Sloe gin is a wonderful pick-me-up at any time. Wait! That doesn't sound good. I'm not suggesting you start on it at breakfast time. But seriously, I love to enjoy a small glass after dinner in front of the fire. Or a little swig from a hip flask on a really cold day when out for a walk. But it can also be delicious incorporated in a cocktail. My favourite is a 'sloegasam' (apologies - I didn't invent the name). Half a shot of sloe gin, topped up with Champagne or sparkling wine. Yum. More cocktail ideas are here.

Here is how we made ours. You will need some empty bottles or kilner jars.

Sloe gin

1. Pick as many sloes as you can find. Wash and dry them, then prick each sloe with a sterilized needle or pin.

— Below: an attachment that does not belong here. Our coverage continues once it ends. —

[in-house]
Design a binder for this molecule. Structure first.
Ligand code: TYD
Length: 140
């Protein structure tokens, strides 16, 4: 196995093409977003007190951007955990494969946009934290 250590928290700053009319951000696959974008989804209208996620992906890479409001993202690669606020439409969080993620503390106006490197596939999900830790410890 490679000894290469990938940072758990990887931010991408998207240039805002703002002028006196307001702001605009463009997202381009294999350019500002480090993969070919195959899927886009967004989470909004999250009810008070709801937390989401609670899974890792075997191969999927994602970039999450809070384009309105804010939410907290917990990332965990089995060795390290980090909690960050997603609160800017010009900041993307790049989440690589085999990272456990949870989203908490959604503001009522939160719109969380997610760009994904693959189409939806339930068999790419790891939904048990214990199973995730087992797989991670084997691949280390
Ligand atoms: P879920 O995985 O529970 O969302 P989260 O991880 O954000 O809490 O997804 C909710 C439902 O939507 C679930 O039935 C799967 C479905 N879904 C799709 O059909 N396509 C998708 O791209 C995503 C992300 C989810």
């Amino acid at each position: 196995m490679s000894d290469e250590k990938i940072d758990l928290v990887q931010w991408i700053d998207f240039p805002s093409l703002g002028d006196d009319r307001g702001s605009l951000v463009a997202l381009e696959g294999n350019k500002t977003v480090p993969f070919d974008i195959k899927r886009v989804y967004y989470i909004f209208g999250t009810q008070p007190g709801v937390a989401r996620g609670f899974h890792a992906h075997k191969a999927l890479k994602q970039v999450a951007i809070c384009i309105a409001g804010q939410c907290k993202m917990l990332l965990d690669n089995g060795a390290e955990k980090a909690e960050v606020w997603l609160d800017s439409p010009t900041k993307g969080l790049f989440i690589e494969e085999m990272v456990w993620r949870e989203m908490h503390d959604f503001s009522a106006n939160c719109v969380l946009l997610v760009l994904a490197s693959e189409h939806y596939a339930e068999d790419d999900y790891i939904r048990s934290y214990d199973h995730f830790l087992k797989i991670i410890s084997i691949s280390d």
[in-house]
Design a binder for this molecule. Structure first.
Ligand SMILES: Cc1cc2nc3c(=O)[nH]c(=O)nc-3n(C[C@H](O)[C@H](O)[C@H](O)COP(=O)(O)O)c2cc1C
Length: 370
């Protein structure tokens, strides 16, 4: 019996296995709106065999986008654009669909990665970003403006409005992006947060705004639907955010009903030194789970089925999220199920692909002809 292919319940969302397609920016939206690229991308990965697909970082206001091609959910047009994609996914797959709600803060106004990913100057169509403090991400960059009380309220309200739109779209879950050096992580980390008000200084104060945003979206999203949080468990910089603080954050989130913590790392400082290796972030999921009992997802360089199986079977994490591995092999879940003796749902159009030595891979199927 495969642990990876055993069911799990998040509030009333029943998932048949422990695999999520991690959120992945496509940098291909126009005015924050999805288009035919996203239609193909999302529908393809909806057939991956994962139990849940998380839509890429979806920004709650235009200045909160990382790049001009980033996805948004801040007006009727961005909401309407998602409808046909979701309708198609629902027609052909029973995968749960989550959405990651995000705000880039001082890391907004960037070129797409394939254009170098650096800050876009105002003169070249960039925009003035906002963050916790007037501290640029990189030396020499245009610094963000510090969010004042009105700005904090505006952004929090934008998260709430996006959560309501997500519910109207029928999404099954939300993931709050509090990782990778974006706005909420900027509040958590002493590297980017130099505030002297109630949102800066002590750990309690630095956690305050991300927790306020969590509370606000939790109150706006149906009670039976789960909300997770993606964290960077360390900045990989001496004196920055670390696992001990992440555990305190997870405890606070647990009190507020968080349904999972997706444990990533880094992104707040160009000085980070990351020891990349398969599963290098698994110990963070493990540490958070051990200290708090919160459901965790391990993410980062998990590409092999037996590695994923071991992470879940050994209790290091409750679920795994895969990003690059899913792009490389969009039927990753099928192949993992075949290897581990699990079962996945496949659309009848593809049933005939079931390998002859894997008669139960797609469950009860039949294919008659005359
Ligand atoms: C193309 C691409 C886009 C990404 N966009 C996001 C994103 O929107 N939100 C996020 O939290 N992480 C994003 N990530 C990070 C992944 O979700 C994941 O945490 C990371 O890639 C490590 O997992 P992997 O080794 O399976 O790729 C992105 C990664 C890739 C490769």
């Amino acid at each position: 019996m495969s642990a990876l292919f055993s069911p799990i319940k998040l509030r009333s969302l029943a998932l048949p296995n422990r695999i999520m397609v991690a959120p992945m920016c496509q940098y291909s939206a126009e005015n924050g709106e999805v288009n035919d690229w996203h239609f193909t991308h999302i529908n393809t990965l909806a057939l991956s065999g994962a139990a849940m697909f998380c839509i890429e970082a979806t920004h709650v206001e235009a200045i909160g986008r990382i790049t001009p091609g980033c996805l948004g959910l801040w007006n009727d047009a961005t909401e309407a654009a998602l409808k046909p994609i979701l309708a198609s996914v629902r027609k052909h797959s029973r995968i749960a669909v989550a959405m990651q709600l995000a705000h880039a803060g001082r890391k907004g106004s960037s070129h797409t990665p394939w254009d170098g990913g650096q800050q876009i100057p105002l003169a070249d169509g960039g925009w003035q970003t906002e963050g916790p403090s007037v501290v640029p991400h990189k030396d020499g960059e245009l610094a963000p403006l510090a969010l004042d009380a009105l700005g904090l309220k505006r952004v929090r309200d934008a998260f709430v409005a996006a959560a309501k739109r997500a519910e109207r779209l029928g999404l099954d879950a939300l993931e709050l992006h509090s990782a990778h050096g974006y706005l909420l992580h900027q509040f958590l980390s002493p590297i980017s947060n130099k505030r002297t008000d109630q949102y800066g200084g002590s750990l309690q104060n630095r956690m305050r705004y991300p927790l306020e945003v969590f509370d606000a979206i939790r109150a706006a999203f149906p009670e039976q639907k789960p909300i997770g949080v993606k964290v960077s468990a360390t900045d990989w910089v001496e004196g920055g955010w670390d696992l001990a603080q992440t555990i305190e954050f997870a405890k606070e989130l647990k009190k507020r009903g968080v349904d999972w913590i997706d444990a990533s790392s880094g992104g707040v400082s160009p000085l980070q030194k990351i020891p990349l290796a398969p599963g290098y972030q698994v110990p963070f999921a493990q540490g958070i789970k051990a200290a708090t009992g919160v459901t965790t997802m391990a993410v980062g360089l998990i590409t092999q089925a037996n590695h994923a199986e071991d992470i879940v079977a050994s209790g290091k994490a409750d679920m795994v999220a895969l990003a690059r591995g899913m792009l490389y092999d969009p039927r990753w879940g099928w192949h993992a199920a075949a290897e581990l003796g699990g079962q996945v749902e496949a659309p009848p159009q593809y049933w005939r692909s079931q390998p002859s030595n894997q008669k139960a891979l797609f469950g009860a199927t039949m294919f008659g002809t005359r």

2. Take a litre bottle of gin and pour half the gin into a jug. Put to one side.

3. Using a funnel, pour in approx. 150g sugar.

4. Top up the bottle with the pricked sloes until the level of gin has risen almost to the top. Seal tightly. Pour remaining gin into another bottle or jar and repeat steps 3 and 4.

Topping up with sloes, one at a time...
5. Give the bottles a little shake to combine. Do not worry if, at this stage, the sugar all collects at the bottom. With time, it will dissolve.

6. Store in a cool, dark place away from greedy paws. For the first week, you should turn/shake the bottles a little each day. You should then continue to do this once a week for three months. Taste occasionally and add more sugar to taste if required.

7. After three months, decant the gin off the sloes into pretty bottles. It is ready to drink although it will improve in bottle over the coming months.